August 5, 2021
Australia will follow several other Western nations and introduce a tough new sanctions regime to make it easier for the federal government to seize the assets of human rights abusers and those guilty of serious crimes.
Backbenchers from across the parliament have been pressing the government to introduce its own version of the US Magnitsky Act, which the US government developed to target "human rights abusers, kleptocrats and corrupt actors" with economic sanctions and travel bans.
A bipartisan parliamentary committee also recommended the government press ahead back in December last year, but ministers and senior officials have spent several months wrestling with the issue.
In a statement, Foreign Minister Marise Payne said the government would "reform and modernise" Australia's autonomous sanctions laws so they could more easily target "perpetrators of egregious acts of international concern".
Senator Payne said under the new regime, the government could target not just those who committed “gross human rights violations” but also those guilty of serious corruption, malicious cyber activity and even those who helped develop weapons of mass destruction.
But the government rejected a recommendation to set up an independent body that would recommend certain countries for sanctions, saying those powers should remain with the Foreign Minister.
The federal government’s proposed changes might introduce a regime which is in some ways more sweeping than that in countries which have already introduced Magnitsky-style legislation, including the United Kingdom and Canada.
Australia already has sanctions laws but critics have repeatedly complained the existing regime is inflexible and doesn't allow the government to respond quickly to emerging human rights abuses.
In March the United States, the United Kingdom, Canada and the EU hit Chinese officials with targeted sanctions over human rights abuses in Xinjiang, but Australia was unable to join, in part because it did not have a similar legislative framework.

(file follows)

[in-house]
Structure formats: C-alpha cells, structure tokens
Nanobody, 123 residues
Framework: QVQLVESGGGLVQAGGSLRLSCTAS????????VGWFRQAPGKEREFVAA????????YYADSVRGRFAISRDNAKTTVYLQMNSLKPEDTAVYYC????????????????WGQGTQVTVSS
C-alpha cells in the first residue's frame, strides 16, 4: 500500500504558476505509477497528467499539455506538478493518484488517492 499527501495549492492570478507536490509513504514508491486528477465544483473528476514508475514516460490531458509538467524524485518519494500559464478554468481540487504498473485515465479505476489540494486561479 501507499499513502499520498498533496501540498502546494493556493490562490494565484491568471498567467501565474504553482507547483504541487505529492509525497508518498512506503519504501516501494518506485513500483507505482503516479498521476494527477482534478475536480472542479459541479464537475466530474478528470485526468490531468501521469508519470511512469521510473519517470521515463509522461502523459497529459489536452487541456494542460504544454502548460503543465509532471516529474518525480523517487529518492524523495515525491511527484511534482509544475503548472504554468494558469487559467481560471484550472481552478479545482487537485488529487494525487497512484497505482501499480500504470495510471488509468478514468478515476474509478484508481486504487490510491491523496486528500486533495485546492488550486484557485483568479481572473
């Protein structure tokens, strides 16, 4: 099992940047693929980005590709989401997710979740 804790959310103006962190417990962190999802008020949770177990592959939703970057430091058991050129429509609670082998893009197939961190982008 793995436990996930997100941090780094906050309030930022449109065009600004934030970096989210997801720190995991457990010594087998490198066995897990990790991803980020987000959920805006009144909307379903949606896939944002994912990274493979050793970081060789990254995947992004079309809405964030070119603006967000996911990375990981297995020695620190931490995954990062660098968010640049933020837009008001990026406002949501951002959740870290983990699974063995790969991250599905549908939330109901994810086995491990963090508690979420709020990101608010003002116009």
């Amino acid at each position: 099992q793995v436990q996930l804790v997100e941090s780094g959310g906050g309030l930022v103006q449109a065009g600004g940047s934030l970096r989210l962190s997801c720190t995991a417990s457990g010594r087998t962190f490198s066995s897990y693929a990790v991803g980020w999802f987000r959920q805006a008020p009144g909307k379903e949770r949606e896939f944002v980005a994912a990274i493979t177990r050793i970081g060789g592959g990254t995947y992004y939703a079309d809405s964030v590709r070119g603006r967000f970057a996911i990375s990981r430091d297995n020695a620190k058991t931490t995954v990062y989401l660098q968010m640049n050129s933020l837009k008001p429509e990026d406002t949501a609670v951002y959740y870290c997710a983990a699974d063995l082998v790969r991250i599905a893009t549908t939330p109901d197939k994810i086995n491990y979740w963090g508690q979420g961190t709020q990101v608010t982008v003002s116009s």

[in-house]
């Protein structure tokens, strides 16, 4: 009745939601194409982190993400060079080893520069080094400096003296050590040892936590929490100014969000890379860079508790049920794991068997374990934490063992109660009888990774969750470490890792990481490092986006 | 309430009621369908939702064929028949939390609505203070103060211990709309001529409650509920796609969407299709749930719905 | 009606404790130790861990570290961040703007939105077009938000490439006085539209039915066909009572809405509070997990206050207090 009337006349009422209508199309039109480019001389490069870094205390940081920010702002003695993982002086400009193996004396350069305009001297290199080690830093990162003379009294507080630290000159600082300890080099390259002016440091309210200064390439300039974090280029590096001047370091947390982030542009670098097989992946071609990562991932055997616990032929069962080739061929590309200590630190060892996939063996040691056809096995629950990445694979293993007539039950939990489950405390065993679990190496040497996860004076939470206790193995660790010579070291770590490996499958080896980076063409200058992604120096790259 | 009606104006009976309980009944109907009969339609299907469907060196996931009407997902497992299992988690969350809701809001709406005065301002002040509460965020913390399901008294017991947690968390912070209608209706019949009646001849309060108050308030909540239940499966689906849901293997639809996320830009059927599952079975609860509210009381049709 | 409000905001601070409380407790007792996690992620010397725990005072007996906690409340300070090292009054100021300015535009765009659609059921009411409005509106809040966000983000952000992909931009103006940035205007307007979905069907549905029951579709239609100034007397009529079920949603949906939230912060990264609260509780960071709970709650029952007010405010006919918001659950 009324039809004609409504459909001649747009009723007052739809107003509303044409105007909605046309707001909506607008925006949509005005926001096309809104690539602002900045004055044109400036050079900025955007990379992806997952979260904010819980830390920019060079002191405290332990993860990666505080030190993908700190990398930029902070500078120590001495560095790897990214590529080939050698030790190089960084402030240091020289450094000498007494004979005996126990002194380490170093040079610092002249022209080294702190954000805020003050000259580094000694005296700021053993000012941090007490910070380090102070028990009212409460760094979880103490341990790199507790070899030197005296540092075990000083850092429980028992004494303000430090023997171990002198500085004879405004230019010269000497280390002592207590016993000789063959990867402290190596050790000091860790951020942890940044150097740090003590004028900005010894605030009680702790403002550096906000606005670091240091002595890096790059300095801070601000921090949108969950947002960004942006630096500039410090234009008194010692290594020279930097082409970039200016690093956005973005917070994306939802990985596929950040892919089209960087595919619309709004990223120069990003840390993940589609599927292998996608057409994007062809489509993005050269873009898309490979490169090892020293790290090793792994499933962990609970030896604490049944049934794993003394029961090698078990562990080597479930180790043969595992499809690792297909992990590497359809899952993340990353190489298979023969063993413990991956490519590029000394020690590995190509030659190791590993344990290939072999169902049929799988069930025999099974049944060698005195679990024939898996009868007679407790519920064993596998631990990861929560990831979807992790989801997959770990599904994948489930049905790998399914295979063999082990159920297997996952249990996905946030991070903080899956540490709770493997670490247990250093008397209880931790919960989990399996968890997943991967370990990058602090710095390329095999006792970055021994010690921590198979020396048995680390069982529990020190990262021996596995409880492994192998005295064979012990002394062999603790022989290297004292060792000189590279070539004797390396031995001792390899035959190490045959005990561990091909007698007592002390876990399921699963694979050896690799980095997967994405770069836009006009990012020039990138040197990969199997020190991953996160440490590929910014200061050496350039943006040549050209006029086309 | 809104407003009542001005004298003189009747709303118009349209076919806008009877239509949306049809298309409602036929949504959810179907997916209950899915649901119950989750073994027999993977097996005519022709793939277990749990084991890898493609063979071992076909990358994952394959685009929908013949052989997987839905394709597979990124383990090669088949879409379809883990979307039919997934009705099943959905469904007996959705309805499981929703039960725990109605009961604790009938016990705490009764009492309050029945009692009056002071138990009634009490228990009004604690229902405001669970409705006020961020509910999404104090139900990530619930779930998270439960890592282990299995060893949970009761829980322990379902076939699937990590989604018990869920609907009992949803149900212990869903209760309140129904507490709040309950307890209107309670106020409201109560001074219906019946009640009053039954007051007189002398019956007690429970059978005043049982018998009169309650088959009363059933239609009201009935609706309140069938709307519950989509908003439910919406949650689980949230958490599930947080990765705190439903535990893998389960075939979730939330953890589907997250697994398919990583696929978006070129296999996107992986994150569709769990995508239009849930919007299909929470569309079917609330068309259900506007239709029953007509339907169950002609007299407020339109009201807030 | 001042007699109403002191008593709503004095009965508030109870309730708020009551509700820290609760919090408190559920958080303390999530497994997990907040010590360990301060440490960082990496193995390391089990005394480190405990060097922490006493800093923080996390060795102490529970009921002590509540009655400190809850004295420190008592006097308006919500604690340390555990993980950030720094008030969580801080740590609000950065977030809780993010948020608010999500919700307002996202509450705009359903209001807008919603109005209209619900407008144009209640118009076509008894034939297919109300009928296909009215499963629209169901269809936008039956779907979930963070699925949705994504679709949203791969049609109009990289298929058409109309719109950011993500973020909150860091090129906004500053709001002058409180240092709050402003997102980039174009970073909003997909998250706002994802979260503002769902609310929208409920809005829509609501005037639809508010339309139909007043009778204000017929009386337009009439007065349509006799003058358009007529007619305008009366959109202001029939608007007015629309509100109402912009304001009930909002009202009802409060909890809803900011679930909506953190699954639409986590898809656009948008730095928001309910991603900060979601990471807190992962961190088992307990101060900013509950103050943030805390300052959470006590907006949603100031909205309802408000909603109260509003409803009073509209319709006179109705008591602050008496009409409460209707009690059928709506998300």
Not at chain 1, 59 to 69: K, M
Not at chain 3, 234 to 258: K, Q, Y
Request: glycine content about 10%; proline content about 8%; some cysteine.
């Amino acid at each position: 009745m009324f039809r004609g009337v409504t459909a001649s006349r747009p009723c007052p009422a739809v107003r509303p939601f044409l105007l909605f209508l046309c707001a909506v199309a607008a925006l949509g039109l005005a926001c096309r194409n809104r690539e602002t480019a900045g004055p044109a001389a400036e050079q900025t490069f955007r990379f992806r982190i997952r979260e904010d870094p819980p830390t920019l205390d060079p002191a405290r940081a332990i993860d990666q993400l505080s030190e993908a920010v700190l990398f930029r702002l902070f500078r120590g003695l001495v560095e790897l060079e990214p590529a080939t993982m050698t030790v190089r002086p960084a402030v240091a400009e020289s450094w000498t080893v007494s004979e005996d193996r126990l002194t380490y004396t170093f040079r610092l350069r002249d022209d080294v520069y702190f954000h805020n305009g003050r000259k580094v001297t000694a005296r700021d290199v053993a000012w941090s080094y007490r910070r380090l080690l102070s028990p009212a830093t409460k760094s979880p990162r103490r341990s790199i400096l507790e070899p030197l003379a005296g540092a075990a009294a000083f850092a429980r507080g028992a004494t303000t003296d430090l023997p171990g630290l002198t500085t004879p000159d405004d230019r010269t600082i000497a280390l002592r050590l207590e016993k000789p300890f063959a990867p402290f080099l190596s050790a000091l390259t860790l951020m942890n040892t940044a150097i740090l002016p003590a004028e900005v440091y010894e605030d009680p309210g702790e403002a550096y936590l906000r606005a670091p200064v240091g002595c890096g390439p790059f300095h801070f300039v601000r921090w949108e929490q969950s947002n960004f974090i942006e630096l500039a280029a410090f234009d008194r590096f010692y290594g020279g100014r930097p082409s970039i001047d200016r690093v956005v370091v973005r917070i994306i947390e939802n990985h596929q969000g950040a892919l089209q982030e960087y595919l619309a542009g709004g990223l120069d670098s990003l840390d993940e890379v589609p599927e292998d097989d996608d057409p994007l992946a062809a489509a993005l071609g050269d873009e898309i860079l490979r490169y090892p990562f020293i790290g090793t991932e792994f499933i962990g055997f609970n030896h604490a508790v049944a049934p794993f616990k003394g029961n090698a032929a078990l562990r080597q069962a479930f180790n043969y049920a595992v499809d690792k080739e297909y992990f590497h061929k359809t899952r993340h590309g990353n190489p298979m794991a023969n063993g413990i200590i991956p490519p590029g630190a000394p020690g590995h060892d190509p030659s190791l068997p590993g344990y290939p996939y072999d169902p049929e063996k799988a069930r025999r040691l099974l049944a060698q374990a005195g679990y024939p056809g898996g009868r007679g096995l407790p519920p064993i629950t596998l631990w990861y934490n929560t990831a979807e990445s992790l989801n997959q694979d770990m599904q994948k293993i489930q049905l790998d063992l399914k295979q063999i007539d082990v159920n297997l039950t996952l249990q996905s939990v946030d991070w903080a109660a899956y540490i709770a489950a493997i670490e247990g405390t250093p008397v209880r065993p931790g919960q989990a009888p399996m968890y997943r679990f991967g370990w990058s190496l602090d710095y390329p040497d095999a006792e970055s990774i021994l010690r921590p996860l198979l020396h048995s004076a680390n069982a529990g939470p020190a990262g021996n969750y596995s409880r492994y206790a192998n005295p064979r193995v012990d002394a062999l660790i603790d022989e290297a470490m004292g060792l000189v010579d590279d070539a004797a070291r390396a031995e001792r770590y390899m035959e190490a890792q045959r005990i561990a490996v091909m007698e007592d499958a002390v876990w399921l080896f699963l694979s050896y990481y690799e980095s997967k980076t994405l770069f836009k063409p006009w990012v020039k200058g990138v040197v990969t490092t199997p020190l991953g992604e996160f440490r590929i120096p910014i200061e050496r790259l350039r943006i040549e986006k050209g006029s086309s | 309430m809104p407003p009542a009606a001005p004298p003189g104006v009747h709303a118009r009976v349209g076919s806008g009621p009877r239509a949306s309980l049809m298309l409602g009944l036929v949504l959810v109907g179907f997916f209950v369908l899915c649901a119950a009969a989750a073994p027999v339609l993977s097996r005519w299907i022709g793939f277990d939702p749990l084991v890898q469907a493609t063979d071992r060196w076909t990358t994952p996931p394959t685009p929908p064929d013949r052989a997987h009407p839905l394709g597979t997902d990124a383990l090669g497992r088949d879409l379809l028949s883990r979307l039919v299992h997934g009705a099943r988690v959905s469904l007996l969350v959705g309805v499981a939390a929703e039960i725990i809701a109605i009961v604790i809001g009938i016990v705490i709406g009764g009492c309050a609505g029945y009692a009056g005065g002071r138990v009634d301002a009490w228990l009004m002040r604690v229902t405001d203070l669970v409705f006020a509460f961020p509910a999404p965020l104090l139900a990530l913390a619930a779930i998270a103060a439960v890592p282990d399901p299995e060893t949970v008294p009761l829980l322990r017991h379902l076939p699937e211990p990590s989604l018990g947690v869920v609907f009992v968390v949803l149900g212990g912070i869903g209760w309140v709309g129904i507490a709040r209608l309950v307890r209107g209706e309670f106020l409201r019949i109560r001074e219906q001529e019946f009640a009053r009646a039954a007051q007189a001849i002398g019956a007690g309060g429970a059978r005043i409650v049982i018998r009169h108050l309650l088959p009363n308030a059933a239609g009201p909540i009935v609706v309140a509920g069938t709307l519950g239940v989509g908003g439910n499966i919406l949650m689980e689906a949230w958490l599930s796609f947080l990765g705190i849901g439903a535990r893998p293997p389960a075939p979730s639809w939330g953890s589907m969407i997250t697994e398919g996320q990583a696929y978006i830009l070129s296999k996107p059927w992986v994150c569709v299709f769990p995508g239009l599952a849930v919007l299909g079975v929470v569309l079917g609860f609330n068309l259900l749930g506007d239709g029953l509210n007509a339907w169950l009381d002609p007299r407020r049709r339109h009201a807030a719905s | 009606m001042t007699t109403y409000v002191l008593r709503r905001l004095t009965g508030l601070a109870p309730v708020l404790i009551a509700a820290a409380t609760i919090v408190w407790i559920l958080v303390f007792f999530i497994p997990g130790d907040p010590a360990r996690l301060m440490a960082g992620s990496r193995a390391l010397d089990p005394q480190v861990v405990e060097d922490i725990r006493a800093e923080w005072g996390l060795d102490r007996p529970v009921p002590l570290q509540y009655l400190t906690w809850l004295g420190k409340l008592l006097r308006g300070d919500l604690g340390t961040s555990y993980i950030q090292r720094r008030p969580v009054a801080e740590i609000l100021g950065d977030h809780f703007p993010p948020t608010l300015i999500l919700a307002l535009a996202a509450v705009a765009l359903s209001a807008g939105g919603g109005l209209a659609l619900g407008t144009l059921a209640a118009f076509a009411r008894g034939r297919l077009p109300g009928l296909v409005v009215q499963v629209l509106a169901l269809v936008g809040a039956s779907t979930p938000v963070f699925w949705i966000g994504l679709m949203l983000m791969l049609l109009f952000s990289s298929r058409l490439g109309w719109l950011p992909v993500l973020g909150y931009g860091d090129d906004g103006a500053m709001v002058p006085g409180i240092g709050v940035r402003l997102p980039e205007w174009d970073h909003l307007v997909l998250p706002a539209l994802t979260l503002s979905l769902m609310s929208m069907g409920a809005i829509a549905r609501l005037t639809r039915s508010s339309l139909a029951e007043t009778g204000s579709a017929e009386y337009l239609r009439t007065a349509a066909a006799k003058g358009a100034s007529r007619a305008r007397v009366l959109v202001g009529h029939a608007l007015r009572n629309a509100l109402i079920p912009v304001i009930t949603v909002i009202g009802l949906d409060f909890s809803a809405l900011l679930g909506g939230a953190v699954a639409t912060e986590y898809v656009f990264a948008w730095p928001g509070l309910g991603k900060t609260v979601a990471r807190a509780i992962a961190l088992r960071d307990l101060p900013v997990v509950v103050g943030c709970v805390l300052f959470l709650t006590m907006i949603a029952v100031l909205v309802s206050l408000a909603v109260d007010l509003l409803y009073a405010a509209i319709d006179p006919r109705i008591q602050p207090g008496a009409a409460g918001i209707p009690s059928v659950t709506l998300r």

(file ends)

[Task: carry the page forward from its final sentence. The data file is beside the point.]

The Foreign Minister said she wanted the new sanctions laws up and running by the end of the year.
The announcement has already been welcomed by both Coalition and Labor backbenchers who have been agitating for change.
"It's wonderful the Morrison government is joining our closest friends and allies around the world with a Magnitsky-style sanctions regime to directly target human rights abusers, corrupt officials and those who threaten our national security," said Liberal Senator James Paterson.
"This sends the message that there is a cost to undermining international rules and norms."
Labor senator Kimberley Kitching, who has also been pressing for a Magnitsky act, said the announcement would "close another door in the face of those who commit human rights abuses and large scale corruption".
"It helps to ensure they become pariahs in the international community and draws a line in the sand as to our values," she said.
However some human rights groups are disappointed the Government is simply overhauling the current sanctions act.
"The government has a real opportunity to introduce a stand-alone, targeted, human-rights sanctions act. However, it wants to amend the clunky Autonomous Sanctions Act, which even the parliamentary committee agreed was ineffective," the director of the Australian Centre for International Justice, Rawan Arraf, said.
"I don't think this response from the government reflects the force and power of what Magnitsky laws are all about."
Simon Henderson from Save The Children said the proposal was "a step in the right direction, but falls short of what is needed.".
"Our sanctions regime must act as a deterrence to those who would target schools and hospitals in armed conflict, for instance," he said.
"However, narrowing the human rights criteria, as outlined in the government's response, may not cover such violations of international humanitarian law."
Shadow Foreign Minister Penny Wong also criticised the government, saying it had dragged its feet on the reform of sanctions.
"It was beyond time for Minister Payne to finally act. Today's belated response still contains no concrete action, only an announcement of an intention to act before the end of the year," she said in a statement.
"The Morrison Government's delays have sent the wrong signal — that Australia is not committed to serious action on human rights abuses."
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